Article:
Gurugram-based ed-tech startup, through its live-learning platform, provides online classes to students from teachers and educational institutes for government jobs such as IAS, IES, GATE, and state PCS.
At a Glance
Founder: Love Beejal and Kush Beejal
Year it was founded: 2014
Where it is based: Gurugram, with regional offices in Jaipur and Hyderabad
The problem it solves: Provides live streaming classes to prepare for government exams
Funding raised: Seed round of $1 million from Times of India Group, Hiro Mashita (M&S partners), Paragon Trust, founders of Jabong and Unicommerce.
Brothers Love Beejal (33) and Kush Beejal (34) say they were lucky their parents could afford to send them to Kota and New Delhi to attend coaching classes for various competitive exams. While Love studied medicine at AIIMS and later management at IIM-Ahmedabad, Kush is an alumnus of IITB and IIM-Calcutta, and has worked with companies such as GATX, NCDEX, and JayPee Capital.
Kush says, “Not everyone can afford coaching at top institutions. Many people's aspirations die because of lack of resources. This propelled us towards the idea of creating a platform that could be accessed by anyone, anywhere, without spending beyond his/her reach. The entire point was that learning should not stop at any cost.”
Love and Kush started NeoStencil in 2014. The edtech startup, through its live-learning platform, provides online classes conducted by individual teachers and educational institutions, for various competitive exams such as IAS, IES, GATE, and state PCS (provincial civil services).
“We do live-streaming of classes, thereby making sure the student gets a high-quality, current learning experience – identical to what they would get if they went to the classroom. Also, students do not have to compromise on their jobs, the comfort of their home, and need not shell out huge sums of money for relocating to ‘coaching hubs’ like New Delhi or other major cities,” says Kush.
All that a student needs is an internet connection, and a computer or a smartphone. Everything else - from study material to mock-exam evaluations - is taken care of by NeoStencil.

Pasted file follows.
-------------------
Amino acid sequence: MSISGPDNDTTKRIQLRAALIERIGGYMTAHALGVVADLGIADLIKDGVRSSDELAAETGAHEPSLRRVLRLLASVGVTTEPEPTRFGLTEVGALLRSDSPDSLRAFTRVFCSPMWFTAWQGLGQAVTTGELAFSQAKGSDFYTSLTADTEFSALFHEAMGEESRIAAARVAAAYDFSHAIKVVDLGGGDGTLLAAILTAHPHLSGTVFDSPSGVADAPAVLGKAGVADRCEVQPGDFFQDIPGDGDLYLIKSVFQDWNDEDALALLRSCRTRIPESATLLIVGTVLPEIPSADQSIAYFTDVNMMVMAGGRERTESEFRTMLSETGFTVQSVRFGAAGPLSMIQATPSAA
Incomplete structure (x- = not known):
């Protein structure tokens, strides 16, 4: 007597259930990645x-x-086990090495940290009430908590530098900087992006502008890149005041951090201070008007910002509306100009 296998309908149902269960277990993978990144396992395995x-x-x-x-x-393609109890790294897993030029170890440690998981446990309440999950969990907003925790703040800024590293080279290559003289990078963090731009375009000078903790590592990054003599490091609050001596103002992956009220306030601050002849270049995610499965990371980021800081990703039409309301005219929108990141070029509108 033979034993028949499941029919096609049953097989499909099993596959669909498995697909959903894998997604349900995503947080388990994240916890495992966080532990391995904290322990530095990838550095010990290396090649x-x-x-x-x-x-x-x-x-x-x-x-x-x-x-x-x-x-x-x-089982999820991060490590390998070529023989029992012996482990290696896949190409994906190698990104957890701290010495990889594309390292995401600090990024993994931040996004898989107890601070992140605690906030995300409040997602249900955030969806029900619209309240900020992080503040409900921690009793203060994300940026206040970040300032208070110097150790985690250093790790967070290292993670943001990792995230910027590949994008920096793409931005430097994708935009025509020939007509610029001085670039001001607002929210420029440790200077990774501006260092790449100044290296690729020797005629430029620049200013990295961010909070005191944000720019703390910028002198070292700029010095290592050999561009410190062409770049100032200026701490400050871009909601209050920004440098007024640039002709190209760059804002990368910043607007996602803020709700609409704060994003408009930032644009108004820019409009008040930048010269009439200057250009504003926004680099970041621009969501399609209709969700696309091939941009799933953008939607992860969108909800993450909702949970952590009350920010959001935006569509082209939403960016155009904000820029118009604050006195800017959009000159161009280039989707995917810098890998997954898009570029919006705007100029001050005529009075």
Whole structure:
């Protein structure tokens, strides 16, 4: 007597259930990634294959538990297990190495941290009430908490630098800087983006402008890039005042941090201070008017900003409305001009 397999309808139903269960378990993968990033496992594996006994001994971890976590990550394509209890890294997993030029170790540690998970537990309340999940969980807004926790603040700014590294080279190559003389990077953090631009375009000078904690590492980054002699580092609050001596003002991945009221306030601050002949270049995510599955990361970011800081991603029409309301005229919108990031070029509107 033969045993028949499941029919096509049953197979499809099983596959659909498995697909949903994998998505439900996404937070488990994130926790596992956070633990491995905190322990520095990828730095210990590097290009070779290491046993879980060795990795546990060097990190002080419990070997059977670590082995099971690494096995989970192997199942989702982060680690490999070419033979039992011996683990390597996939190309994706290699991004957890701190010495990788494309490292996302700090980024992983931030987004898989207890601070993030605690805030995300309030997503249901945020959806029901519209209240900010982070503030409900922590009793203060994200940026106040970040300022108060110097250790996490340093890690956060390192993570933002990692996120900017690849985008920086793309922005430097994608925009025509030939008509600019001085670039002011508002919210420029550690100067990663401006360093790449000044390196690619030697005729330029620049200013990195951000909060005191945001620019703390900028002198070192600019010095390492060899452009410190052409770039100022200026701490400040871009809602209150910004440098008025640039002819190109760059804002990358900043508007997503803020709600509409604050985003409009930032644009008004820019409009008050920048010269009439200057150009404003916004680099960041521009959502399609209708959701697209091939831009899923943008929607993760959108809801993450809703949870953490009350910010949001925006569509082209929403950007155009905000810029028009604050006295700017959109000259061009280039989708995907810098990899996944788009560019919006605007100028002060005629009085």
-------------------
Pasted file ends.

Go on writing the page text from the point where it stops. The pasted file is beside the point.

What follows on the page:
The platform is basically a marketplace where students can view a list of teachers for different courses, and choose the course best-suited for them at a convenient time slot. To ensure the platform is comprehensive, it offers everything a student will need to supplement his/her preparation - test series, strategy blogs, and study material among other things, which are prepared by NeoStencil in consultation with teachers and institutions. Also, teachers evaluate mock-exams for paid student users.
So far, the company claims to have enrolled close to 4,500 students who are paid users. “Around 50 percent of these users have a parental income of less than Rs 3 lakh per year, and they come from over 400 Tier-III, Tier-IV towns in India. One of our students, Namrata Jain, who secured All India Rank-99 in IAS exams, accessed our online classes from Dantewada – a remote Naxal affected region. Over 100 successful candidates like Namrata have taken our online classes,” says Kush.
While the benefit to students is clear, it is also the teachers who find use from the platform. Instead of teaching a few hundred students in a classroom, they can now take on many more students through online classes, without having to put in extra effort from their end. NeoStencil has tied up with over 50 well-known teachers and institutions.